Will the Media Let Ron Paul Question U.S. Foreign Policy?
Will the news media let Ron Paul raise serious questions about U.S. foreign policy? It's a crucial test case not only of the prospects that the media will serve the interests of the 99% rather than the 1%, but of the prospects for a foreign military and economic policy that reflects the values and interests of the 99%, rather than those of the 1%.
Economist and media critic Dean Baker recently posed this question in a forum at Politico. Politico's David Mark convened the forum under the headline, "Can Ron Paul Take a Punch?"
Now that Rep. Ron Paul is a top-tier candidate in Iowa rivals are likely to gang up. They may target the Texan's associations with unsavory characters, or a sometimes less-than-pure libertarian stance on congressional earmarks. Middle East politics could also complicate Paul's presidential bid - he once likened Israel's defensive blockade of Hamas-ruled Gaza to "a concentration camp."
Can Ron Paul take a punch?
Dean Baker responded:
The better question is whether the media will allow Paul to raise serious questions about the nature of this country's foreign policy. I recall watching one of the Republican presidential debates in 2008 where the moderator asked whether the president could unilaterally take military action against Iran.
Mayor Giuliani answered first and gave a characteristic Giuliani answer to the effect of the president can do whatever he wants. Gov. Romney then gave a conditional this and that answer, and then said that if the question was one of constitutional authority, you would have to call in the lawyers.
At that point, Paul jumped in and said that you don't need to call in the lawyers, you just need to read the constitution; Article 1, Section 8 says that Congress has the power to declare war.
This is the sort of refreshing alternative perspective that Paul brings to the debate. Paul also was instrumental in forcing the Fed to disclose the identity of the banks who received trillions of dollars in subsidized loans at the peak of the financial crisis. Federal Reserve Board Chairman Ben Bernanke and most of the political establishment insisted that this information had to be kept secret.
It would be really great if the media would give some attention to Paul's ideas and allow the public to make judgments for itself rather than planning how to punch him out if it happens to be the case that the voters in Iowa take him seriously.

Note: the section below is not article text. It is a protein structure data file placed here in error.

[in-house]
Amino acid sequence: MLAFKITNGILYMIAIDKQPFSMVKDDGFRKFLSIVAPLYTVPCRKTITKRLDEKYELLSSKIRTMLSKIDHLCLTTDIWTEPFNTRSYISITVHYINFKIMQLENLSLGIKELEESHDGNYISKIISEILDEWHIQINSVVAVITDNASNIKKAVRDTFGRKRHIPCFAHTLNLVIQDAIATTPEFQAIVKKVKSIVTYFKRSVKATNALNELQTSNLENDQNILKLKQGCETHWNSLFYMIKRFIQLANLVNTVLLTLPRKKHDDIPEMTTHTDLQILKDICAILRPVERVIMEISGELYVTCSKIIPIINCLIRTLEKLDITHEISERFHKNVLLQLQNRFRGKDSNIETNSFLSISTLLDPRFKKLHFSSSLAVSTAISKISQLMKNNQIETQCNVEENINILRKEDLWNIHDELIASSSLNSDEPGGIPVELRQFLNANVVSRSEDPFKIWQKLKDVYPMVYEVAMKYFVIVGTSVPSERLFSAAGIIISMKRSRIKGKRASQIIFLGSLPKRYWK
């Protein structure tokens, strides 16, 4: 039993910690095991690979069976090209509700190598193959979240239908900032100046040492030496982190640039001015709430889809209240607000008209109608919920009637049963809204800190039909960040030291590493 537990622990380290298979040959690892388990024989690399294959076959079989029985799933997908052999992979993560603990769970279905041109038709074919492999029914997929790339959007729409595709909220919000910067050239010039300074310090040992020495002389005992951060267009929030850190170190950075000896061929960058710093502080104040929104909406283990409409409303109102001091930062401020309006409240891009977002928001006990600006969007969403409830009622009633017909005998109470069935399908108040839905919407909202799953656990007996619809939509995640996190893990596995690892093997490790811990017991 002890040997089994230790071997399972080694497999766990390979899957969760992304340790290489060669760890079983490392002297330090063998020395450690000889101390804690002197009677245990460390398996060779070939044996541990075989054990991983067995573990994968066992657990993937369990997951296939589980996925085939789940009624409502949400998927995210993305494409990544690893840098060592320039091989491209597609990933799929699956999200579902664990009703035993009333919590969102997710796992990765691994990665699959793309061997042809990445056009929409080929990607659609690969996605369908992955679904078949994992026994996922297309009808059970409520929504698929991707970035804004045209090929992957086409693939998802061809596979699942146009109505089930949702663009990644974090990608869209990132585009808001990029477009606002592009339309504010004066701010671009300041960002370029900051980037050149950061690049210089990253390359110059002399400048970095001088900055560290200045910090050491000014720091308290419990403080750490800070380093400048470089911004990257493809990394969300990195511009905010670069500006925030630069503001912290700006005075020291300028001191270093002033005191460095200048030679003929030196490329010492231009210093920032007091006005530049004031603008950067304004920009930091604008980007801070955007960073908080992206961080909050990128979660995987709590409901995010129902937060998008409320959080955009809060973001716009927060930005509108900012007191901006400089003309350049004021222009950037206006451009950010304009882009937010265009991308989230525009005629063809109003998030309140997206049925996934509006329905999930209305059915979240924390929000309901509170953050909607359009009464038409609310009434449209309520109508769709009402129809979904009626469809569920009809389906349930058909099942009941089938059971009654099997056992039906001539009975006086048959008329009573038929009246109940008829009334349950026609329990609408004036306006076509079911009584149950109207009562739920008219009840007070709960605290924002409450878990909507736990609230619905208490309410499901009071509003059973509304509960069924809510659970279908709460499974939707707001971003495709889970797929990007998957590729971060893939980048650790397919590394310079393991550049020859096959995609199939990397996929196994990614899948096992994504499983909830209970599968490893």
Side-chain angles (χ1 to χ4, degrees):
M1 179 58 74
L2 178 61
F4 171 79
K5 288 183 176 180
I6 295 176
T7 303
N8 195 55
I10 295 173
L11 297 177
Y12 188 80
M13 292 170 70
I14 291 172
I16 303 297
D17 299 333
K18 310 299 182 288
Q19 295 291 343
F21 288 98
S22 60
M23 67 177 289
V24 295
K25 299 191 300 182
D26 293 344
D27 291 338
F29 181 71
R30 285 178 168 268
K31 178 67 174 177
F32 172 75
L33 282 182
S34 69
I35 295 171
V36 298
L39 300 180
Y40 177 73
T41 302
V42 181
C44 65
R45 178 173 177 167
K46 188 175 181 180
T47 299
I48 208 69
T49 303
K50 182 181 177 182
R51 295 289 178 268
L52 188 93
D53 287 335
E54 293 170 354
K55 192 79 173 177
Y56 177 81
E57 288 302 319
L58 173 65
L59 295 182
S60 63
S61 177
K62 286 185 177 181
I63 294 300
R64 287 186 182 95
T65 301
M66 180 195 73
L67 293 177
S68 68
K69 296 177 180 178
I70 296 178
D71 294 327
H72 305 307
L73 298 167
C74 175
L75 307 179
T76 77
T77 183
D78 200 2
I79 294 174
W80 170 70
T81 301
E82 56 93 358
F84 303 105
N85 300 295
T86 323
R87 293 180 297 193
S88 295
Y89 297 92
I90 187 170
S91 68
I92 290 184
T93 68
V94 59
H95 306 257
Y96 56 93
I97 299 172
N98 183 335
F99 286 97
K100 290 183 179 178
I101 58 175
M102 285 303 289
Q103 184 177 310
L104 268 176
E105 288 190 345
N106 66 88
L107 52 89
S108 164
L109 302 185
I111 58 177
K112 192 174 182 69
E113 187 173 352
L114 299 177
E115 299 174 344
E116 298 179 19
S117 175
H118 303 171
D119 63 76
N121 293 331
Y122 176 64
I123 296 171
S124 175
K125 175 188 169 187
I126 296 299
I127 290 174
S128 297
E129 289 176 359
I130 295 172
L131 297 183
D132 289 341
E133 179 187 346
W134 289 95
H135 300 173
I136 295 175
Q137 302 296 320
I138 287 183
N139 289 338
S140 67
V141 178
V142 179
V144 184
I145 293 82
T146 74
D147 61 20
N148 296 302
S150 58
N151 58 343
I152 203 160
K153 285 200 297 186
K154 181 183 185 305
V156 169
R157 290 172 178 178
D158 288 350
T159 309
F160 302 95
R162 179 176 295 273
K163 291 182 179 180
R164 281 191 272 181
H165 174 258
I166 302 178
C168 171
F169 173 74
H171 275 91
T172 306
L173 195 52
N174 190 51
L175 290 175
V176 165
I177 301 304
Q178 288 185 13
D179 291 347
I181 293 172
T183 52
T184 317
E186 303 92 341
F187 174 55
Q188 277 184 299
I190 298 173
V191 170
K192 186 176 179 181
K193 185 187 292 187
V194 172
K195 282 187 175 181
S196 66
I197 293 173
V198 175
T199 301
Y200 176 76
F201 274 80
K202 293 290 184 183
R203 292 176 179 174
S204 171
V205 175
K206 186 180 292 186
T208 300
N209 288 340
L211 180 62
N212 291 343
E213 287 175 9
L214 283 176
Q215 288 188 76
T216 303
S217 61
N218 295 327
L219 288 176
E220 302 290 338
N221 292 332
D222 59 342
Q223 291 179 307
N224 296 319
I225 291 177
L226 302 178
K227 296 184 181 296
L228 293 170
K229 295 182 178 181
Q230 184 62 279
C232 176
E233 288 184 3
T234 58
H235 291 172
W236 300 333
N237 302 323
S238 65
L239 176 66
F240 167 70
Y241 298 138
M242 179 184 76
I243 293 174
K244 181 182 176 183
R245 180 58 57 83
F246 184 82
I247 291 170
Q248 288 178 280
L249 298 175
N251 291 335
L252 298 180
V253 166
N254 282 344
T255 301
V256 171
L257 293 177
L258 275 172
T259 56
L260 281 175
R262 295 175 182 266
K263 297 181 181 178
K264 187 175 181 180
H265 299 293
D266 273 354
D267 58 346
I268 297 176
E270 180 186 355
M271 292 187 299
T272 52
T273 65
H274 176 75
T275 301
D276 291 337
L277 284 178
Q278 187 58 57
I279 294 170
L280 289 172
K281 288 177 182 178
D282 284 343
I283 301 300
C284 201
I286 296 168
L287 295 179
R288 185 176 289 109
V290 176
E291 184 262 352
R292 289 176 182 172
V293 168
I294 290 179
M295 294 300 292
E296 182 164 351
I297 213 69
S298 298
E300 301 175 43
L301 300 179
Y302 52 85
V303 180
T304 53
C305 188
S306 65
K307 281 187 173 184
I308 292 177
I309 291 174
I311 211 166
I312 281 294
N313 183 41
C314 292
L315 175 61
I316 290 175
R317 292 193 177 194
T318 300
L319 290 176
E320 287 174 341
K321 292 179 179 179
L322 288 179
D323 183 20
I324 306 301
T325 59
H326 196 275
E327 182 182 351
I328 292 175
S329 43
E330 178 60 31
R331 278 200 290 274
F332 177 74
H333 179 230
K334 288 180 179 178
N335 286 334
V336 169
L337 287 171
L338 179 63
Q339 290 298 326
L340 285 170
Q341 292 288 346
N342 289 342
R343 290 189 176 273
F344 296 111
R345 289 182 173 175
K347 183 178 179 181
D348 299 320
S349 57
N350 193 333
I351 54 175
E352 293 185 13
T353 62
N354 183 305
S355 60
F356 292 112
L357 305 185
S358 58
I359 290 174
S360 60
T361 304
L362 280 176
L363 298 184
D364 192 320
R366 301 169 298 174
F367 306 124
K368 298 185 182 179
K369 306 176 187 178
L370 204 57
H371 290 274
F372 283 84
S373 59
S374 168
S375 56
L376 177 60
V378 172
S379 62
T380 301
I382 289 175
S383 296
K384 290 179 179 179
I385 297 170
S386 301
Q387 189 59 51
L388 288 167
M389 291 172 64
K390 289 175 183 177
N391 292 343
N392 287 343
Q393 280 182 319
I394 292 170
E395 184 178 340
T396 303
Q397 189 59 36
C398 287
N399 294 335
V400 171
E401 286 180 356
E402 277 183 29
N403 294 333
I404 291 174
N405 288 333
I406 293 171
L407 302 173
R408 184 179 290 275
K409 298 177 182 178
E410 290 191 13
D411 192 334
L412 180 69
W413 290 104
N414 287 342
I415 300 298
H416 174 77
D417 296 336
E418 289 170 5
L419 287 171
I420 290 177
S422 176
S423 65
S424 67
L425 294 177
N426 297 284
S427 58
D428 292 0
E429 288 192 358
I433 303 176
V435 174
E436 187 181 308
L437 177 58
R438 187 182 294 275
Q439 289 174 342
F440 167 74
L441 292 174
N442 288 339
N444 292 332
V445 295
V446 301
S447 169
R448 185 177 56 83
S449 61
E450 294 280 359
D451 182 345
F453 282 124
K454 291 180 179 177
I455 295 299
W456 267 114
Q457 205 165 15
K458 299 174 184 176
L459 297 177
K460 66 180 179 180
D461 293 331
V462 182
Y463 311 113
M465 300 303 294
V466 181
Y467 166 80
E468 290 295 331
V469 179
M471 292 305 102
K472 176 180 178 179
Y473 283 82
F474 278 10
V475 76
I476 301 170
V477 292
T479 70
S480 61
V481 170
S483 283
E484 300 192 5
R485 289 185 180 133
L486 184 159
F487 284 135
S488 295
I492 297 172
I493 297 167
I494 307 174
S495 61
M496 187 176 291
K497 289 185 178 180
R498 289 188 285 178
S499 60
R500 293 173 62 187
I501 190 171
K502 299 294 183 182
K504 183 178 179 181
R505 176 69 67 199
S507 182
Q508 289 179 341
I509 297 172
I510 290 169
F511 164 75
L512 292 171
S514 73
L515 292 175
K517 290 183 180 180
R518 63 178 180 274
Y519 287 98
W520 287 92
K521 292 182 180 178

[Disclosure: Dean and I are "related" in the sense that Dean is a board member of Just Foreign Policy.]
The example that David Mark gave to invoke the idea that "everybody who's anybody knows that Ron Paul's views on foreign policy are politically marginal" is quite telling:
Middle East politics could also complicate Paul's presidential bid - he once likened Israel's defensive blockade of Hamas-ruled Gaza to "a concentration camp."
Note how David Mark frames the issue: he doesn't just say, "Israel's blockade of Gaza," he says, "Israel's defensive blockade of Hamas-ruled Gaza." Just in case anyone forgot what people like David Mark claim is the only politically correct view of the Gaza blockade, David Mark makes sure to define terms.
Well, you may say, it's not a news article. It's David Mark's forum; he can say whatever he wants.
But if that were the whole story, then a writer for the Politico could just as well refer to it as, for example, "Israel's economic blockade of 1.6 million defenseless civilians, which was denounced by the Red Cross as collective punishment in violation of international law."
I searched the Politico website, but could not find even one single instance where a staff writer for the Politico ever mentioned the fact that the Red Cross denounced the Gaza blockade as a violation of international law.
Well, you may say, the objection that David Mark is raising isn't just that Ron Paul criticized the Gaza blockade. It's also that Paul criticized the Gaza blockade in an extreme way, likening it to a concentration camp. (In the interview to which David Mark refers, what Paul actually said was that the situation was "almost like a concentration camp.")
But that begs the question: at what meeting was it decided that comparing the Gaza blockade to a concentration camp was beyond the pale of politically correct commentary? Who was invited to participate in this meeting?
Note that the interview to which David Mark referred was conducted in June 2010: right after the Israeli military attacked the Gaza Freedom Flotilla, killing eight Turks and one American, when there was a huge international chorus of condemnation of the Gaza blockade.
Who else has referred to Gaza as a concentration camp? The Catholic Church, for one.
In January, 2009 - more than a year before the Ron Paul interview - the Pope's justice minister, Cardinal Renato Martino, likened Gaza to a "big concentration camp," the BBC reported at the time. "Look at the conditions in Gaza," Cardinal Martino said, "more and more, it resembles a big concentration camp."
Is David Mark prepared to stand before 700,000 Catholics in Iowa and claim that the Vatican's criticism of Israeli policies in Gaza was beyond the pale of politically correct commentary?
Or is it the case instead that according to David Mark, it's ok to say such things if you are the Vatican, but if you are a "top tier candidate" for President of the United States, it is not allowed?
Robert Naiman is Policy Director at Just Foreign Policy.